• The drills are unrelated to the current international and regional situation.
  • Last such Vostok exercise took place in 2018, when China took part for the first time.

Russia’s Military Exercises:

  • VOSTOK (meaning ‘East’) is part of a system of strategic exercises that the Russian Armed Forces have been developing since 2009.
  • It is one of the four named annual strategic exercises conducted on a rotating basis among four of Russia’s five military districts.
  • The scheduled strategic exercises (ZAPAD, VOSTOK, TSENTR, KAVKAZ) are the capstone event of the Russian Armed Forces’ annual training cycle.
  • Last year, India attended Exercise ZAPAD 2021 drills in Russia in which 17 countries including China and Pakistan took part.

CAPF e-Awas portal


The government recently launched the “CAPF e-AWAS” web portal in New Delhi recently.


About the CAPF e-AWAS portal:

  • CAPF e-AWAS portal is a common web-portal for online allotment of Departmental Pool Residential Accommodation and Separated Family Accommodation (SFA) held by CAPFs and Assam Rifles.
  • Objective
    • to operationalize the revised policy of allotment
    • to also bring transparency in the allotment process
  • The web-portal enables online registration and allotment of residential quarters/SFAs to eligible personnel of all CAPFs& Assam Rifles.
  • This portal has been developed on the lines of the online allotment system of ‘General Pool Residential Accommodation (eSampada)’.
  • It will facilitate maintenance of an accurate inventory of ‘Residential Quarters/Separated Family Accommodation (SFA)’ held by CAPFs, as well as their allotment through online process to eligible Force personnel.
  • The portal also has the provision for intimation to the applicant through SMS and e-mail at various stages of the allotment process.
  • The portal would also facilitate planning for construction of new quarters based on demand-gap analysis.


  • CAPF is a uniform nomenclature for the six Forces of the Union of India under the Ministry of Home Affairs.
  • These Forces are, the Assam Rifles (AR), the Border Security Force (BSF), the Central Industrial Security Force (CISF), the Central Reserve Police Force (CRPF), the Indo-Tibetan Border Police (ITBP) and the Sashastra Seema Bal (SSB).


Academia, research, and the glass ceiling in India


Gender parity is more than a diversity rectification issue in India. Gender discrimination in academics is not new to the Indian context, it’s an age-old story that must end.

Gender-Bias Against women: Changing Situation

  • The general bias against women which arose out of the suspected capability of their intelligence and their mettle in undertaking the arduous task of research was quite common in the 20th century. Things have changed and the glass ceiling has been broken.
  • Some of the initiatives by the government to remove gender inequality by providing incentives to women are: Gender Advancement for Transforming Institutions (GATI), and Knowledge Involvement in Research Advancement through Nurturing (KIRAN), i.e., a plan under the Department of Science and Technology again to encourage women scientists in science and technology and also preventing women scientists from giving up research due to family reasons, are noteworthy.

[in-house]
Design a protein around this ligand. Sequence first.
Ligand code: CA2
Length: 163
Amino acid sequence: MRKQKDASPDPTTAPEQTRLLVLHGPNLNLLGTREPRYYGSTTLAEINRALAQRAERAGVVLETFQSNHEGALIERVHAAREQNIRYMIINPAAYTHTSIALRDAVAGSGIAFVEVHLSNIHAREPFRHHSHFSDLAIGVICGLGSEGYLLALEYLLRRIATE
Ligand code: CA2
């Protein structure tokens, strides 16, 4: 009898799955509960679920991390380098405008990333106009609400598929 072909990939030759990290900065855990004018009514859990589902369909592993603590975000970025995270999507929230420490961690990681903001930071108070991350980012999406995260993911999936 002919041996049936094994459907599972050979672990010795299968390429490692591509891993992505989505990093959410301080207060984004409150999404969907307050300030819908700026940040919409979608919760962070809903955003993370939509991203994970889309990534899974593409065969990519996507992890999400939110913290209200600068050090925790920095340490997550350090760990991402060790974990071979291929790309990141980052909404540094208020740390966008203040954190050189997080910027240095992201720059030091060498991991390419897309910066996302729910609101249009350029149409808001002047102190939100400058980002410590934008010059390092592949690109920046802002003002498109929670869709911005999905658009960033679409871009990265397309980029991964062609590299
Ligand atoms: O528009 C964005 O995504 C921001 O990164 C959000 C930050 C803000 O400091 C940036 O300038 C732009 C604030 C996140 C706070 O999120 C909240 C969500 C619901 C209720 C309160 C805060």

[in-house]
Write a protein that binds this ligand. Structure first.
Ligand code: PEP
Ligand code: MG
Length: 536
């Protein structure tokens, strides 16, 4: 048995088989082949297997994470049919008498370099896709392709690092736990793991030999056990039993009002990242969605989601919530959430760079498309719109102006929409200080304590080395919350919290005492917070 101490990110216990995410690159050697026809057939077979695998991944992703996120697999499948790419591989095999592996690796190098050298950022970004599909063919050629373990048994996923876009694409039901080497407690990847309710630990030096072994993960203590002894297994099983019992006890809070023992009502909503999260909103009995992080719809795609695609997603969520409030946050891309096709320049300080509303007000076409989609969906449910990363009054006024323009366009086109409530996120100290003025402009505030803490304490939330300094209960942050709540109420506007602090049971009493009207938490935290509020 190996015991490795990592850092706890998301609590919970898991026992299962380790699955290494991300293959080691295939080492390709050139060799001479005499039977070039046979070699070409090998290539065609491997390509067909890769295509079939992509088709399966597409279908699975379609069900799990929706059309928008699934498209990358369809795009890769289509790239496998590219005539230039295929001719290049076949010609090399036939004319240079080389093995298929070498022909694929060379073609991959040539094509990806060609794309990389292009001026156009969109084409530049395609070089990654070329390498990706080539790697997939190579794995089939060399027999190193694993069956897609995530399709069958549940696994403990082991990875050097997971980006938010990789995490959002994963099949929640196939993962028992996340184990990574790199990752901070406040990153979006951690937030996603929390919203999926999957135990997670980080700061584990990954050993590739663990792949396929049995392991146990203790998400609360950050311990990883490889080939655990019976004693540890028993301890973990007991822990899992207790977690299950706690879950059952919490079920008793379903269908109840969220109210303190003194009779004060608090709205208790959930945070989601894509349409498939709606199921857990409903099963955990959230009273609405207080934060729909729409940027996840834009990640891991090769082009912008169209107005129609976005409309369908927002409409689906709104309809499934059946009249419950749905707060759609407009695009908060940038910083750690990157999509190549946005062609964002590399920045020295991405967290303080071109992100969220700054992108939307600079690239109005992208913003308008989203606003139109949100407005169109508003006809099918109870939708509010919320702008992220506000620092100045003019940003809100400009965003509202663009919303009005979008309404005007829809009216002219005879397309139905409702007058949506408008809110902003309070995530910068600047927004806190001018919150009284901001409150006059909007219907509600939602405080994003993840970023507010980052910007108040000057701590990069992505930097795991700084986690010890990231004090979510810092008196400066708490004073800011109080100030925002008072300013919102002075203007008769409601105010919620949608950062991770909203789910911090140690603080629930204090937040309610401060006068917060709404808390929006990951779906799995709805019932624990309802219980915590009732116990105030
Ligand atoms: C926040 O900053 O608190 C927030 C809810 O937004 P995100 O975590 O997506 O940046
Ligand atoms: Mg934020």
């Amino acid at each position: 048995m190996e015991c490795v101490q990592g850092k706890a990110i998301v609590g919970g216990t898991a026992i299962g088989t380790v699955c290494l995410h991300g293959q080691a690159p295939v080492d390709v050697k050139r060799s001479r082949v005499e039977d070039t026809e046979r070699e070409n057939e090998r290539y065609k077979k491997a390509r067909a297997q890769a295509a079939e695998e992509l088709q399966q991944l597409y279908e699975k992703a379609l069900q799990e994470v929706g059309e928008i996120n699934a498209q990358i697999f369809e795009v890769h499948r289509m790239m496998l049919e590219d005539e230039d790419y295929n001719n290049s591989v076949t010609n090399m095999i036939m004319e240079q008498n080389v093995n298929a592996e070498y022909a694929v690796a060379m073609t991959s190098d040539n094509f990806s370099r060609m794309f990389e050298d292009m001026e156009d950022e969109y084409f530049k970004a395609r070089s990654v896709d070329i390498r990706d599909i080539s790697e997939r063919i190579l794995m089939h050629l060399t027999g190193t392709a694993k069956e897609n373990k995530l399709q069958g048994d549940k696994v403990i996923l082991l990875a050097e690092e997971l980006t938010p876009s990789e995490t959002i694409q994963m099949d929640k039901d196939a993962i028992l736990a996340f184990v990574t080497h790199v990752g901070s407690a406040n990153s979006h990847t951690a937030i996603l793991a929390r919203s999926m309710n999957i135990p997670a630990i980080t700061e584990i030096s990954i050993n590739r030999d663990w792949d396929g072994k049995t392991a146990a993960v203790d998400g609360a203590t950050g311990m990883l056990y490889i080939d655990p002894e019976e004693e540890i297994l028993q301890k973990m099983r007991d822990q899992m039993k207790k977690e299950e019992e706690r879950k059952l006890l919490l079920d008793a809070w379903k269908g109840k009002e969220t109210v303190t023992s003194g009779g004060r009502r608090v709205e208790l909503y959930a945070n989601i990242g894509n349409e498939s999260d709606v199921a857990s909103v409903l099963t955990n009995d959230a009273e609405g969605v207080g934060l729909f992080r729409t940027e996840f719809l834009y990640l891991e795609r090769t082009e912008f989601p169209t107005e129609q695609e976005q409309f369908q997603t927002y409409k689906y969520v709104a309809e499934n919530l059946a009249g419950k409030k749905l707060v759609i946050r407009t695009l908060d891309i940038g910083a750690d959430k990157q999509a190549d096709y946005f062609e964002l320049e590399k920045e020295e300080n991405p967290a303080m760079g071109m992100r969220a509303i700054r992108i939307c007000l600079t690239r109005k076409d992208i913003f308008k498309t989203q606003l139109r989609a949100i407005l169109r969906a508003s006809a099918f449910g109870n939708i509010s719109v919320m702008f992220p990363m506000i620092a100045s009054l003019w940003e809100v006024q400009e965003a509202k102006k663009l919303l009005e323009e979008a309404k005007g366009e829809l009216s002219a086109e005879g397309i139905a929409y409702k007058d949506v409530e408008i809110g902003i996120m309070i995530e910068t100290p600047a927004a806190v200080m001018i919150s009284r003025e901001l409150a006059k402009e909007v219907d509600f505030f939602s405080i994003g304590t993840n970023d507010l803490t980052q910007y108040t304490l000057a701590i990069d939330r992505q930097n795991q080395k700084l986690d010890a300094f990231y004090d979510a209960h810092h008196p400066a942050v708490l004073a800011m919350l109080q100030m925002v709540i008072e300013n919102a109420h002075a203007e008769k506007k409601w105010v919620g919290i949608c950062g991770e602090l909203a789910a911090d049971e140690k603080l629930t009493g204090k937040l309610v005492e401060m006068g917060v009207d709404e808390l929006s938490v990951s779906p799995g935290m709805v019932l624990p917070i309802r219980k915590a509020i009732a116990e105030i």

Women and STEM:

  • According to UNESCO’s data on some selected countries, India is in the lowest position, having only 14% female researchers working in STEM areas. But India is not very far behind many advanced countries in this aspect. For example, Japan has only 16% female researchers, the Netherlands 26%, the United States 27%, and the United Kingdom 39%.
  • In India, about 43% of women constitute the graduate population in STEM, which is one of the highest in the world, but only 14% of women join academic institutions and universities. According to a report published recently, at most STEM institutes, women occupy 20% of all professorial positions. The more prestigious the institute, the lower the number of women employees. Also, the number of female participants in decision-making bodies is abysmally low.
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QUIZ - 2nd September 2022

Mains Question:

Q1. “Women’s land rights and gender justice in land governance are fundamental pillars in protection of women’s human rights”. Comment (250 words)


  • Introduction- brief about women’s landownership
  • Issues faced by women (degraded women’s rights) 
    • patriarchy
    • gender-based discrimination in laws, customs and practices

The fear game

  • Fathers fear losing control over land if given to married daughters.
  • Daughters fear damaging family relations if they claim their shares.
  • Policymakers fear land fragmentation
  • severe inequalities to access and control land and other natural resources
  • limited participation in decision-making in land governance
  • Discuss women’s land rights as a key determinant of women’s empowerment in rural areas
    • attainment of practice civil and political rights, social and economic rights
    • rid of poverty and social exclusion
  • Government measures
    • 2005 Hindu Succession Amendment Act (HSAA)
    • 30% seats reserved for women at all levels of local government
  • Required measures 
    • gender-disaggregated data on land ownership
    • innovative policies to increase women’s actual ownership
    • need to increase women’s awareness of their rights
  • Conclude accordingly